When Anouschka Elliott joined UBS Asset Management as global head of marketing in January 2020, she took over the helm of a “traditional” B2B marketing team, the primary purpose of which was to support sales.
A year and a half later, Elliott has internally repositioned marketing as a key driver of business growth, wrestled control of the budget back from the sales team and secured the senior buy-in necessary to invest in the brand over the long term.
However, in B2B brands the journey to transform marketing from a “sales service” to a “business driver” is long and multi-faceted, she warned at the IPA’s Global Effworks conference this week.
Just five years before she joined UBS Asset Management, part of UBS Group, the marketing team was reporting directly into the sales team. There was therefore a “long-standing expectation” that marketing’s role was to support short-term sales campaigns. And while the business did have a global marketing budget, sales believed it could dictate what was spent and where.
Marketing’s role instead focused on developing content, delivering sales materials and arranging events, with “pockets” of digital excellence, Elliott explained.
“There was very little understanding or awareness of the value that marketing can bring and, unsurprisingly, marketing budgets over past years had shown a clear downward trend,” she explained.
Embarking on a mission to transform the status quo, Elliott decided she needed a “crisp” articulation of how “marketing 2.0” would add value to the business, while demonstrating respect towards and understanding of the perspective of her sales colleagues.
“The team and I shared with [sales] that we knew our activities operate in particular contexts – that of personal relationships,” she said, acknowledging that such relationships, while “critical” through the sales cycle, were also resource intensive.
“We explained that our role as marketing was to augment those relationships by connecting our client journey and data flow front to back across online and offline channels, making us smarter in our marketing, helping our sales colleagues to prioritise who they’re best to spend time with, and really helping to increase their productivity and be much smarter in their conversations,” Elliott continued. “There was a clear win-win.”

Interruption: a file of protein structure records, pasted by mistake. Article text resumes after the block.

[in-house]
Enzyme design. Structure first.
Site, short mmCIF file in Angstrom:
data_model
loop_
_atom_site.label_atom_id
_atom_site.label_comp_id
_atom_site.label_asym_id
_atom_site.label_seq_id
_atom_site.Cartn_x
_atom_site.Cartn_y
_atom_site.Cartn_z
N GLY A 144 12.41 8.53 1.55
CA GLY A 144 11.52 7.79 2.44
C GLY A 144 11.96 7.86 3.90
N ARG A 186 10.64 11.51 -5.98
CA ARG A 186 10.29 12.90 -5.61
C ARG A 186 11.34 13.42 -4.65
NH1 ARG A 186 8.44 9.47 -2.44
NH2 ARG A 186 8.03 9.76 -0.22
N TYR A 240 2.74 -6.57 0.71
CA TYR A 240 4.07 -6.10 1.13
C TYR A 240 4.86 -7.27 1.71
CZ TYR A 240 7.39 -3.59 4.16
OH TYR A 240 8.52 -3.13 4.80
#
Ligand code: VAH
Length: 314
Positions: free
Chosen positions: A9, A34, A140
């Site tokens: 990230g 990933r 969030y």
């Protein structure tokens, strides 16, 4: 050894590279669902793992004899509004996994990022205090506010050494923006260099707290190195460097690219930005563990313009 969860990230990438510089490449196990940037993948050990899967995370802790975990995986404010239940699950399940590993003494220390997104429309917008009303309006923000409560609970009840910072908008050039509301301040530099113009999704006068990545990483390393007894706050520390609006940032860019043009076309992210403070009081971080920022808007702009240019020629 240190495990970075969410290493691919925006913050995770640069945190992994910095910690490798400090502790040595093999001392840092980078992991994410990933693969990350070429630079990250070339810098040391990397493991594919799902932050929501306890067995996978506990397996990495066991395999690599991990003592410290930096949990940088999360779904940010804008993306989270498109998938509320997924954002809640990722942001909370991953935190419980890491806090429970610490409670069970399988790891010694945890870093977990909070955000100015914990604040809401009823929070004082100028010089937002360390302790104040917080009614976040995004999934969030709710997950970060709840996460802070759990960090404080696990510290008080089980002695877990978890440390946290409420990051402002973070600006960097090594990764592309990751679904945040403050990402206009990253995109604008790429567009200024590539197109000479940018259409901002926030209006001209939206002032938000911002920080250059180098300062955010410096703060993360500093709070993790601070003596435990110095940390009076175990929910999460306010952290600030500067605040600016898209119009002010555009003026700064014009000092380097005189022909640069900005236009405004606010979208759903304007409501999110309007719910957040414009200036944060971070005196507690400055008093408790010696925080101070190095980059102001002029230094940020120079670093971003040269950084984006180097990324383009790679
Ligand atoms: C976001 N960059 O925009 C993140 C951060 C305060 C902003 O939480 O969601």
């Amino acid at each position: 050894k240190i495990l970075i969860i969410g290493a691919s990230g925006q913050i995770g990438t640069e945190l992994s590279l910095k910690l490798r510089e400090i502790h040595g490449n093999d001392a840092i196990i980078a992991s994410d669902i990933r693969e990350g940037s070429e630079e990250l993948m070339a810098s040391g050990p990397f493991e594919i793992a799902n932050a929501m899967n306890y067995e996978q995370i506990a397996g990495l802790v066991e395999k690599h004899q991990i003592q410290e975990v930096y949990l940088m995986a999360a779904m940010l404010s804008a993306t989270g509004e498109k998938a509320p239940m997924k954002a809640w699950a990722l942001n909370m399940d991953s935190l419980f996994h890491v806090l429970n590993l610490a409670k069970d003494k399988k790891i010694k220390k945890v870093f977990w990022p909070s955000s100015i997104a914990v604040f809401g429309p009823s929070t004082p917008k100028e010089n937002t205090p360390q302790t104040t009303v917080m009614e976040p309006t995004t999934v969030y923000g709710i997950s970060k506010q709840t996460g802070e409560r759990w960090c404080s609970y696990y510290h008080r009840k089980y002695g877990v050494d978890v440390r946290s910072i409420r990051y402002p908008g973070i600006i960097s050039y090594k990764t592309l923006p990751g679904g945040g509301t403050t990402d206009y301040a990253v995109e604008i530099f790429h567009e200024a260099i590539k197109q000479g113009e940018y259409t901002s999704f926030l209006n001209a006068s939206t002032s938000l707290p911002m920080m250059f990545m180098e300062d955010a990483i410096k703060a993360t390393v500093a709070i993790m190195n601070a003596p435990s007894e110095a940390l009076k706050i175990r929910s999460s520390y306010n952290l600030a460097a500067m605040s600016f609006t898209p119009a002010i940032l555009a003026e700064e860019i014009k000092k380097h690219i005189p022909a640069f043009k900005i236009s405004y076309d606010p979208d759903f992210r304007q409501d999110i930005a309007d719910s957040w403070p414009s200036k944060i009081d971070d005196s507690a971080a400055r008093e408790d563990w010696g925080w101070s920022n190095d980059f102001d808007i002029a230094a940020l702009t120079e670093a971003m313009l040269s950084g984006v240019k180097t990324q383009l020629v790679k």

The marketing team also made sure to explain how its tactics could add value in the area the sales team care about most: sales campaigns.
On top of that, Elliott and her team began to change the narrative around the funnel, always referring to it as the “marketing and sales funnel”. They also began sharing their metrics channel by channel, to increase internal awareness and recognition of marketing’s ability to drive growth.
We are seeing marketing shift from being a service to a business driver.
Anoushka Elliott, UBS Asset Management
Finally, Elliott involved the sales team in the marketing process through its social selling programme, allowing them to leverage marketing’s content on LinkedIn in order to develop their profiles.
“Fundamentally though, we were on a journey to change the way we approach marketing at UBS Asset Management,” Elliott added. “With a more clearly controlled strategy, clear attribution and ROI analysis. Being a more collaborative partner, adding real insights and intelligence to augment collective lead prospects and brand impact, and ultimately driving greater commercial value for marketing activities.”
Aiding sales through digital transformation
As she began the process of overhauling UBS Asset Management’s marketing function and increasing its value, Elliott started looking at the digital storefront. Although every marketing tactic deployed by the business was designed to drive potential customers online, its website ranked 78th out of the top 100 asset managers around the world.
A revamp was therefore required. Launching in November, the brand’s new website will include a refreshed homepage, on-demand content, connectivity between thought leadership and its products, and the ability to compare products.
Elliott’s team also prioritised the development of an end-to-end target operating model for marketing, with the aim of joining its channels together and enabling the business to drive automated, dynamic personalised content.Ehrenberg-Bass: 95% of B2B buyers are not in the market for your products
“We knew what we were doing wasn’t rocket science,” she said. “It was bringing us up to date by building a digital experience that added meaningful value to the sales process through lead generation, rather than people simply filling in forms and us flipping the email addresses over the fence to sales.”
The new digital experience has also created a “tailored education and nurture experience”, which guides the user to the next best action and measures their engagement, allowing the brand’s marketers to deliver qualified leads to the sales team as soon as they’re ready for personal contact.